21.4.21

A fair trial?

So, the verdict is in.  To the surprise of some, it was guilty... guilty... guilty... 

This may be an unpopular opinion, I don't know that this was a fair trial.  Yes, Chauvin will be spending the rest of his life in prison.  But what if that hadn't been the verdict?  Ali Velshi on MSNBC interviewed a man on the streets who said that he would not be surprised if the verdict was "not guilty" because that's the way these things run.

When George Floyd was first murdered, the police said that it was a "medical incident" but there was a video.  A damning video shown around the world.  And at that moment, things changed.  The Black Lives Matter movement... the Black@[name of school] posts...  defunding the police...repeated entreaties to "say his/her name" because Floyd wasn't the only Black murdered last summer.  Cries for justice grew louder and louder.

That's not a bad thing.  Maybe now police can hold their colleagues accountable when they see wrongdoing.  Maybe that "thin blue line" will fray a little.  

The problem, from my point of view, is that fair and trial in this case felt wrong.  The howling mob of protesters, opinionators and just plain folks—both pro-police and anti-police—had one verdict, and one verdict only in mind.  If it was not guilty, then justice would not be done.  If it was guilty, then the jury were cowed by what they were hearing and seeing outside the trial.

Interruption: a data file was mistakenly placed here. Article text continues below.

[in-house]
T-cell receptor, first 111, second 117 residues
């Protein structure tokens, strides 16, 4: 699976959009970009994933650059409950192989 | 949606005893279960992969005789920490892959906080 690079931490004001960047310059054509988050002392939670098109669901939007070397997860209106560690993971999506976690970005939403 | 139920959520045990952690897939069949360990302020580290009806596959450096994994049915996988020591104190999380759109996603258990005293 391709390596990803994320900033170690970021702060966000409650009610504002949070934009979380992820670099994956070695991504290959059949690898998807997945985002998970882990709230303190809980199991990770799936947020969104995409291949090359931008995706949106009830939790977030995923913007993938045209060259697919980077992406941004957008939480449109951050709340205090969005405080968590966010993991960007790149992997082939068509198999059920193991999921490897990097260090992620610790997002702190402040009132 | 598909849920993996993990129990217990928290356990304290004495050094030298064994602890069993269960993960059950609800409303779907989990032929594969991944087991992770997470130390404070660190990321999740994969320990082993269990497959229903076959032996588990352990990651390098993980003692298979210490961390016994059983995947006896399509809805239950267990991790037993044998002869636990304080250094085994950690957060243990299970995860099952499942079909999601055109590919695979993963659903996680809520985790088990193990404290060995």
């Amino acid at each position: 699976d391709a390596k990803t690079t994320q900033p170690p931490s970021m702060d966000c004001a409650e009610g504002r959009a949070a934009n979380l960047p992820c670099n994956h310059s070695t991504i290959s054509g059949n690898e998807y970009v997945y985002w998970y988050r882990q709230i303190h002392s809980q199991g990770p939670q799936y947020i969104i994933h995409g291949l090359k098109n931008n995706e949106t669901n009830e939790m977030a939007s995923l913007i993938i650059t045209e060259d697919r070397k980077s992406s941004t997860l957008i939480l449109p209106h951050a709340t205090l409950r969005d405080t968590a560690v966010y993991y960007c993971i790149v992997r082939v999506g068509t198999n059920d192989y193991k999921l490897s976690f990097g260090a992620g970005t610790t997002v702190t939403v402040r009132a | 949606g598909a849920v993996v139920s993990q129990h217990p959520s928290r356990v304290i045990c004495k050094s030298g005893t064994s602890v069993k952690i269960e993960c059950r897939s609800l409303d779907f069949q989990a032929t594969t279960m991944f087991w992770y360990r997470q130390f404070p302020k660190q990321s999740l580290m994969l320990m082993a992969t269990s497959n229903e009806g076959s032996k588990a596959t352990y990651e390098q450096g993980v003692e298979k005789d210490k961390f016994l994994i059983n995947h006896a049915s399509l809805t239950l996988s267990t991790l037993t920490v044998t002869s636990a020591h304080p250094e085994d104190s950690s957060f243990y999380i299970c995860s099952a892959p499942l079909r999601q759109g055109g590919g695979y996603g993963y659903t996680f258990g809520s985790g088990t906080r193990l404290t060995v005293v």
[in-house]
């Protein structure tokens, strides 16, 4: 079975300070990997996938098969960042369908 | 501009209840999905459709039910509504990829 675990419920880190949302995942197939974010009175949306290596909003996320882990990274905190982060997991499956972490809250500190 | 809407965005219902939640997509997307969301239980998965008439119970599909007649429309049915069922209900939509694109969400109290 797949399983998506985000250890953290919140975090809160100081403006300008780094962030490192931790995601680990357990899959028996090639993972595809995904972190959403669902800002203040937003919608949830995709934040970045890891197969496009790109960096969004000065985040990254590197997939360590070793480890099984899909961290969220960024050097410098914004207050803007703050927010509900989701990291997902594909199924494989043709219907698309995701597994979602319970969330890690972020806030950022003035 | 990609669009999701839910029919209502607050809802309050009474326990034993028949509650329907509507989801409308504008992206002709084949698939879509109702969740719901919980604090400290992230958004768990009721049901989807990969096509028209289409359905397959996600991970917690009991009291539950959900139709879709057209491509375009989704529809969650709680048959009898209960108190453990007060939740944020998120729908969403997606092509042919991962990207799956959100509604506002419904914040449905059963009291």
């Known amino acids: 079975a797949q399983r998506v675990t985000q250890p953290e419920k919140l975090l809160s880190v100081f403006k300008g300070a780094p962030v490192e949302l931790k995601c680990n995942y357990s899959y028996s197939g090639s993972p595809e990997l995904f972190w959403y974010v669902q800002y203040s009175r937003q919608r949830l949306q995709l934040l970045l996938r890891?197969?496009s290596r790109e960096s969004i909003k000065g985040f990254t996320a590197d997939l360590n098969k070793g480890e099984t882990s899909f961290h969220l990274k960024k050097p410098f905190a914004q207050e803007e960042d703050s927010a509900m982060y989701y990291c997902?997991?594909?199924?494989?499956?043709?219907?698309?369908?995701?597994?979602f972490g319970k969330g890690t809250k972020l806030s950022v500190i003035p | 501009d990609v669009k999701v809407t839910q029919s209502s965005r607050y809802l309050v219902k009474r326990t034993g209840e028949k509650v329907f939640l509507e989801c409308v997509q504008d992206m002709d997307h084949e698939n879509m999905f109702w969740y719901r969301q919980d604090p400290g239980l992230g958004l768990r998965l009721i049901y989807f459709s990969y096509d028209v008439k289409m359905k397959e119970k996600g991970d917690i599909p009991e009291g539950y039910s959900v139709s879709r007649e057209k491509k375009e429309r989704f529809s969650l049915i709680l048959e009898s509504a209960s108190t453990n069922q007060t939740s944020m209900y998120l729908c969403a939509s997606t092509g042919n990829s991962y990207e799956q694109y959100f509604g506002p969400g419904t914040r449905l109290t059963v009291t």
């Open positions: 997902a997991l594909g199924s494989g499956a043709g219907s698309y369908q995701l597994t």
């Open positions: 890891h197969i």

I was talking about this with some friends a couple of weeks ago and we discussed cases like these, where there is So. Much. Evidence. that any unbiased, clear-eyed person would be sure to say "yes, the perpetrator was guilty."  Not just this case, but hypothetically if you caught a burglar with the loot in their hands leaving the building, or some other person caught in the act of something illegal. Like Jack Ruby, on television, shooting Gary Oswald. Per our system, they are allowed to plead not guilty and entitled to a fair trial, and their defense is allowed to present possible alternative theories and introduce doubt into the theory of the case.  It only takes one person on the jury, right?  

But when there is so much evidence, or a video that doesn't allow for alternative interpretations... what about then?  We agreed that maybe there needed to be another way.  Why go through the expense of the trial? We know they're guilty.  We know they need to be punished, to somehow pay for their misdeeds.  Is it truly a fair trial when there is only one possible outcome, barring jury interference or fear?

Obviously this would have to be limited to very few cases, and perhaps a panel of judges could rule that this, in fact, was such a case.  But at least then we'd know that other trials, those with some question of guilt or extenuating circumstance, could be fair.  

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